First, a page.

Small Filers Struggle With Internal Controls Over Fraud

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Compliance WeekMelissa Klein Aguilar

A large school of thought has developed to support the argument that non-accelerated filers should be exempt from compliance with Section 404(b) of Sarbanes-Oxley, which requires external auditors to review and attest to the strength of a company’s internal controls.

But as much as non-accelerated filers denounce the burden of Section 404(b) compliance, they’re still confronted with one stubborn counter-argument: fraud happens.

The $31 million fraud uncovered this winter at Milwaukee-based Koss Corp.—small in dollar numbers, but huge relative to Koss’s $32 million market capitalization—is a powerful reminder that fraud can menace investors in small public companies just as much as it does to investors in large ones. Congress is still debating whether to exempt small filers from Section 404(b) compliance permanently; the latest deadline has small filers starting compliance for fiscal years ending on or after June 15, but regardless of that debate, experts say small filers still have ample reason to examine their internal controls—and easy ways to improve them without breaking the bank.

Numerous studies indicate that small companies are particularly vulnerable to fraud. The Association of Certified Fraud Examiners’ “Report to the Nation” on occupational fraud estimates that U.S. organizations lose 7 percent of their annual revenues to fraud. Those with fewer than 100 employees suffered the highest median loss, $200,000.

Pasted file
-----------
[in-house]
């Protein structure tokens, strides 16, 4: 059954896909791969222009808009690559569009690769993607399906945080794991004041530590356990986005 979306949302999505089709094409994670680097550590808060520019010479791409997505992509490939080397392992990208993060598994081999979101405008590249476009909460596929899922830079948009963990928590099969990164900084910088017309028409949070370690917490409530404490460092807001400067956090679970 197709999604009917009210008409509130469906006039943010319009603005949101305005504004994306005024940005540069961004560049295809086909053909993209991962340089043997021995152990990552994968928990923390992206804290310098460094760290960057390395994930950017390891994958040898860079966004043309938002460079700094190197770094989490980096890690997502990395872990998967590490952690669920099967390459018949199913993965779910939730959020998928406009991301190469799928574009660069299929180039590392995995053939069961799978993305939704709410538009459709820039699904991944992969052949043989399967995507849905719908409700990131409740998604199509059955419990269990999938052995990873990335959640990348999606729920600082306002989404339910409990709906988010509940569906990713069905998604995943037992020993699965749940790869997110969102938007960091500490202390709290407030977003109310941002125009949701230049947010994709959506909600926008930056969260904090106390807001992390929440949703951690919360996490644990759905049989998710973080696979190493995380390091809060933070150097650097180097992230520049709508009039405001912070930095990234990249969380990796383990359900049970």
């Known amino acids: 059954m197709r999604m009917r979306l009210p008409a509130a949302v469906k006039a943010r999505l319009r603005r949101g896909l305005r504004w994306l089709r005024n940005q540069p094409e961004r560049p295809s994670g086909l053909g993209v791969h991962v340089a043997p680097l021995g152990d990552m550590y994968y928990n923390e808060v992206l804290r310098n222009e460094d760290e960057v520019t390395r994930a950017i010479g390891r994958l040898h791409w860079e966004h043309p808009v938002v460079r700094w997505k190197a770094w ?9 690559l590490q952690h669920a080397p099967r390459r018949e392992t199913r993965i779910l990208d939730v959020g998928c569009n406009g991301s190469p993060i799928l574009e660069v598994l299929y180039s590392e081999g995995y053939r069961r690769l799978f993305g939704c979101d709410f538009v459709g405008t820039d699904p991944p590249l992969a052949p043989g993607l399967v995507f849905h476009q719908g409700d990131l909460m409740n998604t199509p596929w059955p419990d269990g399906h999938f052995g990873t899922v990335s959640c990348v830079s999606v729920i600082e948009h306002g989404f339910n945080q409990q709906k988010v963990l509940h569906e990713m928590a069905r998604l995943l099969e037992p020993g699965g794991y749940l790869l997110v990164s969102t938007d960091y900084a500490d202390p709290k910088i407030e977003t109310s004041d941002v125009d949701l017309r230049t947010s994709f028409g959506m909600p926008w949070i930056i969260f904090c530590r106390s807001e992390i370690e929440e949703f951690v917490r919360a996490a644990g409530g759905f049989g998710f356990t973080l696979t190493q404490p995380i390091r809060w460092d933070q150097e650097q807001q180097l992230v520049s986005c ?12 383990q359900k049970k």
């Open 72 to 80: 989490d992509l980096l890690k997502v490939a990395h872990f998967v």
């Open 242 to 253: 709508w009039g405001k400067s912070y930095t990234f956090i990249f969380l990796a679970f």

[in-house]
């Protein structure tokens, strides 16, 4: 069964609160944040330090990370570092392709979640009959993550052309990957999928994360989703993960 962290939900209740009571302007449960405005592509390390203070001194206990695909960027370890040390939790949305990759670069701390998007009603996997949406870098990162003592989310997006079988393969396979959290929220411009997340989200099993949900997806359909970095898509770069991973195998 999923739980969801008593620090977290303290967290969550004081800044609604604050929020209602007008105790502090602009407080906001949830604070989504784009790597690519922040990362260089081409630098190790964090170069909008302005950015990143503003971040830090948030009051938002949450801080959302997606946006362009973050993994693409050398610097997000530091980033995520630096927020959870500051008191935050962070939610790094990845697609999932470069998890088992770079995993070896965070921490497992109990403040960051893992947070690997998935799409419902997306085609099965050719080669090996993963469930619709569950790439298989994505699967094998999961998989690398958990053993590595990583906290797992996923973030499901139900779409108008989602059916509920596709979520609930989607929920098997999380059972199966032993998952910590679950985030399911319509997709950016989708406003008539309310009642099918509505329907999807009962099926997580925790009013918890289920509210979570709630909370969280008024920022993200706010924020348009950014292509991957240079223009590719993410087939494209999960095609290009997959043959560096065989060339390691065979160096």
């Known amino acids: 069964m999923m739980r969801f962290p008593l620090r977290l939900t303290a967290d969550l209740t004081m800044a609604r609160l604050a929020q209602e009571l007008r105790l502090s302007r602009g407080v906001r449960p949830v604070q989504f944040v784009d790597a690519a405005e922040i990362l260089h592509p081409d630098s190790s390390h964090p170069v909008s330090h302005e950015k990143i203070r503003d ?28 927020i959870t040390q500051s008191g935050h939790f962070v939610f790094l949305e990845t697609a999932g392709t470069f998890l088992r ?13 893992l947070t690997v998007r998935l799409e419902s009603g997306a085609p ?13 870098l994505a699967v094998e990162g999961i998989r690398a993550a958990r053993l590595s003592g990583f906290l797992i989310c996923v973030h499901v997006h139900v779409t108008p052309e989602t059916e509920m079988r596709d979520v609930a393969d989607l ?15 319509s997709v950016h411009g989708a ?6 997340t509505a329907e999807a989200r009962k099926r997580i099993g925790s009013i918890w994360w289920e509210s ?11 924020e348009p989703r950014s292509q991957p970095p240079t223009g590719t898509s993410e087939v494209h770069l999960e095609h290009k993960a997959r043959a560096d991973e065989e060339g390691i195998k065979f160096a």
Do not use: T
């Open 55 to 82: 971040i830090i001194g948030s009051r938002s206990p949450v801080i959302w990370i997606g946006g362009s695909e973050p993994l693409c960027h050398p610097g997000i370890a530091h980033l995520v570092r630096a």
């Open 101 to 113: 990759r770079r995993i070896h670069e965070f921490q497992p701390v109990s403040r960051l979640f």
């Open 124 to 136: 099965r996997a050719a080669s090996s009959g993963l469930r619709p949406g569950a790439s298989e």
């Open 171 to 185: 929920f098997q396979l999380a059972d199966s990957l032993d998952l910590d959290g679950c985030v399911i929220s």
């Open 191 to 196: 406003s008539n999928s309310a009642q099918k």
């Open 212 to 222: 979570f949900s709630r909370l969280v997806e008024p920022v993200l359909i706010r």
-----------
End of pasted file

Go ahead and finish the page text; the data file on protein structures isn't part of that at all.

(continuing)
Even without Section 404(b) compliance forcing a stern look at internal controls over financial reporting, “There are plenty of things Koss’s management could have done to look at its internal controls and procedures,” says Tracy Coenen, a forensic accountant and fraud examiner at Sequence Inc. “No one was stopping them. It’s clear that its executives were asleep at the wheel.”

Coenen says the types of fraud that might affect small companies do slightly differ from those at large companies. Still, overall fraud risks are largely the same between the two, she says. “The major difference is that smaller companies have less wherewithal to absorb a fraud.”

One of the most common frauds at smaller companies is simple asset misappropriation—that is, theft, usually of company money. Especially in today’s poor economy, “scams that put cash in people’s pockets, such as direct embezzlements or kickback schemes, are typically the biggest category of fraud,” says Jonathan Turner, managing director at investigative consulting firm Wilson & Turner.

Smaller companies are also more likely to have fewer controls in place to prevent fraud. A recent study of 24 U.S. non-accelerated filers (roughly 0.5 percent of the 5,000 non-accelerated filers out there) by consulting firm Lord & Benoit found that all of them had at least two means of embezzling funds without being detected except by chance, including check signing, wire transfers, cash receipts, and fictitious employees. In all, the study, “Frauds in U.S. Non-Accelerated Filers,” found a whopping 1,338 control deficiencies even in that small sample—an average of 56 per company.